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- Global Oneness Project is a free library of stories—containing short documentaries, photo essays, and essays—that each contain a companion lesson plan and learning activities for students so they can expand their experience of the world.
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Sometimes philosophers are wrong and admitting that you could be wrong is a big part of being a real philosopher. While most philosophers make minor adjustments to their arguments to correct for mistakes, others make large shifts in their thinking. Here, we have four philosophers who went back on what they said earlier in often radical ways.
Numerous U.S. Presidents invoked the Insurrection Act to to quell race and labor riots.
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It looks like a busy hurricane season ahead. Probably.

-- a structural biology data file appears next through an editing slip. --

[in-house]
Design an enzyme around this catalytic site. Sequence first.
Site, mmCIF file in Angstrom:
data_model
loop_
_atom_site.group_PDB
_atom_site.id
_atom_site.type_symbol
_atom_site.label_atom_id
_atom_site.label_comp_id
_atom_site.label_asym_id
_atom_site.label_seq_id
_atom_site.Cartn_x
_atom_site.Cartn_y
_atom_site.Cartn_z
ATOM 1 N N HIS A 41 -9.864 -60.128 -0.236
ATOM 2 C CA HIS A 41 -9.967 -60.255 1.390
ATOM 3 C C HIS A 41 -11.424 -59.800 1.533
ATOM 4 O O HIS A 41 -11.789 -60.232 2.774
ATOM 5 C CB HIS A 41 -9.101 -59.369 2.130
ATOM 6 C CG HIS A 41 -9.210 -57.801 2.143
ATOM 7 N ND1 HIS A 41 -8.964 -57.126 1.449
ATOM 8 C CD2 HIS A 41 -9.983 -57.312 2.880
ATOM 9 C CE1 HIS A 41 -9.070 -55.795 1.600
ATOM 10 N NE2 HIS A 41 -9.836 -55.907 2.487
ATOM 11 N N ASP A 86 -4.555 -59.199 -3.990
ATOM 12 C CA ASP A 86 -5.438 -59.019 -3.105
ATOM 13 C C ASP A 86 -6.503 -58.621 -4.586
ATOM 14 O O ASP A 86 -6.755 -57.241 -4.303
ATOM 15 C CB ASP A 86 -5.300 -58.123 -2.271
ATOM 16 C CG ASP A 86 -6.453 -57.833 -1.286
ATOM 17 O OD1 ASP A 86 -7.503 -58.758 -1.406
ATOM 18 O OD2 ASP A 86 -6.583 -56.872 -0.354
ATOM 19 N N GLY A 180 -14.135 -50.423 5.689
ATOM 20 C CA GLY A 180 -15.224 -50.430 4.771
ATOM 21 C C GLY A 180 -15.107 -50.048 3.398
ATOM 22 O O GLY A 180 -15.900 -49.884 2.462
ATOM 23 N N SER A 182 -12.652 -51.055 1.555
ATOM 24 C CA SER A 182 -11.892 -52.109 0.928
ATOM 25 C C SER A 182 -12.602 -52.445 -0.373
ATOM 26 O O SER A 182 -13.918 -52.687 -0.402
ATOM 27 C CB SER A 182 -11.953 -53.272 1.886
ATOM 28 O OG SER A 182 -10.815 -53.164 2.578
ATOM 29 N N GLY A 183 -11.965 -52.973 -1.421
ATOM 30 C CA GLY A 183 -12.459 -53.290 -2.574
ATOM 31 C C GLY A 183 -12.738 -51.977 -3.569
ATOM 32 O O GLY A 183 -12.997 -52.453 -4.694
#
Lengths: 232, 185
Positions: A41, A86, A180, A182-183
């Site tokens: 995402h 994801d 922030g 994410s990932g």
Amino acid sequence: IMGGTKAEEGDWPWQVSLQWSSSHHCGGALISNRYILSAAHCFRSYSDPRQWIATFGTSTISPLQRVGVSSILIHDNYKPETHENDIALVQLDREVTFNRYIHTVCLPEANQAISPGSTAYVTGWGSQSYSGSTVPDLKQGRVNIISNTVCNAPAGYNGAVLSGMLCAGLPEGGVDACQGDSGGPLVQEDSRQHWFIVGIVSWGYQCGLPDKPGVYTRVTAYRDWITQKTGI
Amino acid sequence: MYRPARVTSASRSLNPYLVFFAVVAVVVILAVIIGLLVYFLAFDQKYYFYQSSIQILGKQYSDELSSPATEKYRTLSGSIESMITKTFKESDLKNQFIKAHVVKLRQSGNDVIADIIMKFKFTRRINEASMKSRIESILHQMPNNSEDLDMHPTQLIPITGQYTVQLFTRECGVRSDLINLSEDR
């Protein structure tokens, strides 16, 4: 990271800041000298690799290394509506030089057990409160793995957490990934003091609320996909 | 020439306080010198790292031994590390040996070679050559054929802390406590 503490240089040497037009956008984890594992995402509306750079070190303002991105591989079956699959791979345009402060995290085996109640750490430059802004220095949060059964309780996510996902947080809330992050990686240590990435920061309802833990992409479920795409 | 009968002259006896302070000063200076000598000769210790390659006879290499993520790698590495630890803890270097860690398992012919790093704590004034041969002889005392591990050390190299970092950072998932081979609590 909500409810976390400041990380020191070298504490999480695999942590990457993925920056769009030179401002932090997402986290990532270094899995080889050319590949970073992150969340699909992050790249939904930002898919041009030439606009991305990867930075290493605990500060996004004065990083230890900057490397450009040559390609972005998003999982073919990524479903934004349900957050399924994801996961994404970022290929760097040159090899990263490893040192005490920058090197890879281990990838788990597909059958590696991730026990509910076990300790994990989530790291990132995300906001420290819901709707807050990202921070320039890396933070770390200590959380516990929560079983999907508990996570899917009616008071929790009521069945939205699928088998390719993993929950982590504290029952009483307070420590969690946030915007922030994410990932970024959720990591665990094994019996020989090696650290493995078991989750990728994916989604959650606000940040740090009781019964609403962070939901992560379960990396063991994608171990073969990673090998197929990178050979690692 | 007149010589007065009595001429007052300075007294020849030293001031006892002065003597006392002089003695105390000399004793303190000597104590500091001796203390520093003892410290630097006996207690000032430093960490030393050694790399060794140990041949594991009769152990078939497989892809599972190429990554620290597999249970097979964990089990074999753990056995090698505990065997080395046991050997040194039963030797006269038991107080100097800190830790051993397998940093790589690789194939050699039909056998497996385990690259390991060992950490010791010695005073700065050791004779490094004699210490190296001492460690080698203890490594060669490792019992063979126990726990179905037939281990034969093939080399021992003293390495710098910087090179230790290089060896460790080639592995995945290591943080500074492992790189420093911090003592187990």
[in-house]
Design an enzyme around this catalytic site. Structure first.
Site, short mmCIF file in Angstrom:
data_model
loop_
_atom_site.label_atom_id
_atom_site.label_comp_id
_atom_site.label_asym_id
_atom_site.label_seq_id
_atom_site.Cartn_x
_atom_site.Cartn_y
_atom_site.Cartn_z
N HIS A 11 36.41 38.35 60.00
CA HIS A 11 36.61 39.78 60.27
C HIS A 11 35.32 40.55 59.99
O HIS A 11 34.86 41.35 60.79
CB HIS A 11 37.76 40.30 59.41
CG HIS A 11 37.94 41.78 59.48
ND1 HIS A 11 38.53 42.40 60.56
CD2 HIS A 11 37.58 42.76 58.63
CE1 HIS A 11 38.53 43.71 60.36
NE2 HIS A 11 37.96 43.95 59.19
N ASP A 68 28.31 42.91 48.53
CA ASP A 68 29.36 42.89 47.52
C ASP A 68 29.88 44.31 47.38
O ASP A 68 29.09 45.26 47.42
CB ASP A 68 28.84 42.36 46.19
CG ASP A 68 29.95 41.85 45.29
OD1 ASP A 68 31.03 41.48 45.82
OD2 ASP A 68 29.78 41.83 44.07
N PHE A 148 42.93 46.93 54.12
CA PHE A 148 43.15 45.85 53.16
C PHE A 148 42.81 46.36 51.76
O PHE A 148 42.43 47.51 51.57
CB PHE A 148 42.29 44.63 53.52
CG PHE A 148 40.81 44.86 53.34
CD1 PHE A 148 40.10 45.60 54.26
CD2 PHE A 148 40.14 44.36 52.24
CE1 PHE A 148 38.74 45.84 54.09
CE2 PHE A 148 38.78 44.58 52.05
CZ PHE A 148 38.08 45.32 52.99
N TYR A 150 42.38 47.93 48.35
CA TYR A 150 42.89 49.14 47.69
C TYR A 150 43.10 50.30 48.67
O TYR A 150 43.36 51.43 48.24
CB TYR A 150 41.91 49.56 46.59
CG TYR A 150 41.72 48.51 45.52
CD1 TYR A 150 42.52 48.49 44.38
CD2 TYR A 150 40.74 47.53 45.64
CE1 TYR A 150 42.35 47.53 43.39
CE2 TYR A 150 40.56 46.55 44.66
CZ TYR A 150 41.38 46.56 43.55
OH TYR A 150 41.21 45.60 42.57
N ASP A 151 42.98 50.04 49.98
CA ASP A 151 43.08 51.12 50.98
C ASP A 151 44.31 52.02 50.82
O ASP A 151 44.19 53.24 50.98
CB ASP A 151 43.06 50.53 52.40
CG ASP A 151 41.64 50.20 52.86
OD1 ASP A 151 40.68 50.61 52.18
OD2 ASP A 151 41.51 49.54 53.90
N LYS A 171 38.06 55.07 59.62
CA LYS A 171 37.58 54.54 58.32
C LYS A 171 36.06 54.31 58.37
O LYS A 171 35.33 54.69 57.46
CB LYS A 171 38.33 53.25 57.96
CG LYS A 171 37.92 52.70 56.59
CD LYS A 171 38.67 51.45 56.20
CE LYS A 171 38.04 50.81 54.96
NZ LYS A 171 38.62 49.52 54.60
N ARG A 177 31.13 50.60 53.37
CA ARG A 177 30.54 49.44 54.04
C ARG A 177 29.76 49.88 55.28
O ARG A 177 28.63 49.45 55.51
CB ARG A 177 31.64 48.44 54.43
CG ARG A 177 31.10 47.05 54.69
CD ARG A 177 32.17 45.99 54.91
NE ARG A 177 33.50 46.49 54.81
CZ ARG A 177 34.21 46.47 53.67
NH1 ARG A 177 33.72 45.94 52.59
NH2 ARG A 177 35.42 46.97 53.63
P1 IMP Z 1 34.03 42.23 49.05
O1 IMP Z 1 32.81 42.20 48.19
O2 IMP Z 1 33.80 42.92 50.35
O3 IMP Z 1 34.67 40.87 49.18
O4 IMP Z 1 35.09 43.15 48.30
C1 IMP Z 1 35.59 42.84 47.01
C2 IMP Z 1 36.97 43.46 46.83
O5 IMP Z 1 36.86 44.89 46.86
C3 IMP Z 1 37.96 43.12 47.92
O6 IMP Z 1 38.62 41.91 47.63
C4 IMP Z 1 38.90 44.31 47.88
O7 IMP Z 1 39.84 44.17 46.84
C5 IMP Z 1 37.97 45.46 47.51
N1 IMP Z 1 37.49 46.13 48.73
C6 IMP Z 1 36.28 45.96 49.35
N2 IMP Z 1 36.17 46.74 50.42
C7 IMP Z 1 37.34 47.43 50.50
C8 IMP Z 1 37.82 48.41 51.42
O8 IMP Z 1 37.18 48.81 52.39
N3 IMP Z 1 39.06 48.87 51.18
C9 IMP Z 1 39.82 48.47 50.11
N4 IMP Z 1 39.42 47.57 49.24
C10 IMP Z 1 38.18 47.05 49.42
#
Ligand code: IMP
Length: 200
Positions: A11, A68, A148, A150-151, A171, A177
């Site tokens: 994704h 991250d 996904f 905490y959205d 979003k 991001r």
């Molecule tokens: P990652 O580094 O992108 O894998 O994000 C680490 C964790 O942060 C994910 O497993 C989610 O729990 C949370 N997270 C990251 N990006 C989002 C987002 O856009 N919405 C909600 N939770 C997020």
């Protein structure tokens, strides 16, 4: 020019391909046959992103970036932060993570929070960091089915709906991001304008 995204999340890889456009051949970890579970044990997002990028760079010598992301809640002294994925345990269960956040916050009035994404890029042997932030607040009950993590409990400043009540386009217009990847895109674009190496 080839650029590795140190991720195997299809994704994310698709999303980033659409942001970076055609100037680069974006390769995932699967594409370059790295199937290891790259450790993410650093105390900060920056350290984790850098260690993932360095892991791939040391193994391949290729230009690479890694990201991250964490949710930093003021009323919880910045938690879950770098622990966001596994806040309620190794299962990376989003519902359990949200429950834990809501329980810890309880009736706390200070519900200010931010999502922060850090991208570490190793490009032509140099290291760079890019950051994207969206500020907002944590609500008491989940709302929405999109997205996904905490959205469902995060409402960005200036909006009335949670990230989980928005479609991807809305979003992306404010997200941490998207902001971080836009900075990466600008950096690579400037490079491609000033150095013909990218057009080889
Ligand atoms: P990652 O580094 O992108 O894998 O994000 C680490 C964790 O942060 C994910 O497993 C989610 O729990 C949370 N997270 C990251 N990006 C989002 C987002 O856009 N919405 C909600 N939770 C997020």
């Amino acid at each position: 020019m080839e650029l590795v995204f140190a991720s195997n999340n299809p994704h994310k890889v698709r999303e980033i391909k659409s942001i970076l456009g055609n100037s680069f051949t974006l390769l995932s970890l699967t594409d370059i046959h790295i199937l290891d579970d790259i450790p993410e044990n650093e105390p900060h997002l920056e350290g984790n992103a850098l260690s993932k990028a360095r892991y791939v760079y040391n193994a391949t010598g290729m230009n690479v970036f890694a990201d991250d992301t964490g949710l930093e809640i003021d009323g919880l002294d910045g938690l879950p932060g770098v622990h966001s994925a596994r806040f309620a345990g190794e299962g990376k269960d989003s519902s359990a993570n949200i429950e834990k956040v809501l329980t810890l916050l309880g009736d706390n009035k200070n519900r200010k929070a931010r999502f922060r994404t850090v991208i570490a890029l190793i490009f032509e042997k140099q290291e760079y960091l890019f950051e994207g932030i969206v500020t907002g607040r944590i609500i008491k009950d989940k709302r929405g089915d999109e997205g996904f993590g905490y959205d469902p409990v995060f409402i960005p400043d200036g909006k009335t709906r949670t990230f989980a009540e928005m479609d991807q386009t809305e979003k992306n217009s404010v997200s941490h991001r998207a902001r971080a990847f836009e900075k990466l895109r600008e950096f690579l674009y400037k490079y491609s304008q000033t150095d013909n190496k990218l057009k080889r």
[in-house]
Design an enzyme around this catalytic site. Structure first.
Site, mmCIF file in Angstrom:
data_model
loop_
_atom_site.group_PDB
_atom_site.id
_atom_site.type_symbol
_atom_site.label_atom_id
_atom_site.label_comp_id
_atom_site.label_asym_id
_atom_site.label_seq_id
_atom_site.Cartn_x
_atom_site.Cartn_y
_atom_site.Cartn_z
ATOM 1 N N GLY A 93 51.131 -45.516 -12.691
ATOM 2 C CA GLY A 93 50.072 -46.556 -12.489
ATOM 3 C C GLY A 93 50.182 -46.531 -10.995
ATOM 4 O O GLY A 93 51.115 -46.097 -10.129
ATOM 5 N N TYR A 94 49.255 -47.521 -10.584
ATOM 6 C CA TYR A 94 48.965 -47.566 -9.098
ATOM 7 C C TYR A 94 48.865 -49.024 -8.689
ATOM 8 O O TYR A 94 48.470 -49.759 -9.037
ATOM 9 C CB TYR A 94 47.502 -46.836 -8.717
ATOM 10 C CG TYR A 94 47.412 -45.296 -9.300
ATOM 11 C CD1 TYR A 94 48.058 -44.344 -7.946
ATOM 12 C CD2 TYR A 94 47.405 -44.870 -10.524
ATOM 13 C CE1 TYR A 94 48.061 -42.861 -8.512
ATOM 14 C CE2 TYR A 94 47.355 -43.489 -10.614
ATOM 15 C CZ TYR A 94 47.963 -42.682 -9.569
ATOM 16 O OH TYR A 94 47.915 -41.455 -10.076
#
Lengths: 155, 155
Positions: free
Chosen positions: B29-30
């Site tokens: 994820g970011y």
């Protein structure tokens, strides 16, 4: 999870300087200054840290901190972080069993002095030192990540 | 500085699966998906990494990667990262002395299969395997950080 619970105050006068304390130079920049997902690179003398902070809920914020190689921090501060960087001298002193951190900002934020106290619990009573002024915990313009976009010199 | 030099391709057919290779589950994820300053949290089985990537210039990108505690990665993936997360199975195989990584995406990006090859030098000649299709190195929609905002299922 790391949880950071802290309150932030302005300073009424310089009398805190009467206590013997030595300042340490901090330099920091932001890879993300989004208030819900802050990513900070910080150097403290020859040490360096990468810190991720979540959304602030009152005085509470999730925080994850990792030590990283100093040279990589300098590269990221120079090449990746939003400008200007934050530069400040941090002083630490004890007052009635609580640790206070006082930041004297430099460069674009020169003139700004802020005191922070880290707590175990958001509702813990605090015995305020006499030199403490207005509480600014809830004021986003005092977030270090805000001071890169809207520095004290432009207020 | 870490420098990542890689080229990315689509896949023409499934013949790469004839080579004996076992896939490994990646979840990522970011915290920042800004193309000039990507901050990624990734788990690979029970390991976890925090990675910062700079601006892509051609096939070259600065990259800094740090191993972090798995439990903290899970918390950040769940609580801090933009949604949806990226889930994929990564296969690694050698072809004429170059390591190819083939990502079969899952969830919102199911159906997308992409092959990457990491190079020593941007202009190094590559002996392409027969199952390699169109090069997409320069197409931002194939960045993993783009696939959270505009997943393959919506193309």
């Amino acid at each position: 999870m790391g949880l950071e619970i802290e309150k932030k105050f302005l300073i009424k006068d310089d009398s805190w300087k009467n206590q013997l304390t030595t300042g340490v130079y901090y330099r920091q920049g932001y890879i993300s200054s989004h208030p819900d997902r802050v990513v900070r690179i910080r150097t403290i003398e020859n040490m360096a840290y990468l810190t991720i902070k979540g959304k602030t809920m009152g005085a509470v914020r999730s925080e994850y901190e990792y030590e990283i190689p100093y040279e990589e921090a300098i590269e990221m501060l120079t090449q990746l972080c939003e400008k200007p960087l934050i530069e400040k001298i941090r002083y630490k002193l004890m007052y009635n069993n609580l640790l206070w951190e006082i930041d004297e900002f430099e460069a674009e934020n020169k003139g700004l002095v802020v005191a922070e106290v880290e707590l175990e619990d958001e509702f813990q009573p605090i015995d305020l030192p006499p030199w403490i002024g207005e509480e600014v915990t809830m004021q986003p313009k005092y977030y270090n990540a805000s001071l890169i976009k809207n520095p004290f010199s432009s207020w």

- Before the hurricane season even started in 2020, Arthur and Bertha had already blown through, and Cristobal may be brewing right now.
- Weather forecasters see signs of a rough season ahead, with just a couple of reasons why maybe not.
- Where's an El Niño when you need one?
Welcome to Hurricane Season 2020. 2020, of course, scoffs at this calendric event much as it has everything else that's normal — meteorologists have already used up the year's A and B storm names before we even got here. And while early storms don't necessarily mean a bruising season ahead, forecasters expect an active season this year. Maybe storms will blow away the murder hornets and 13-year locusts we had planned.
NOAA expects a busy season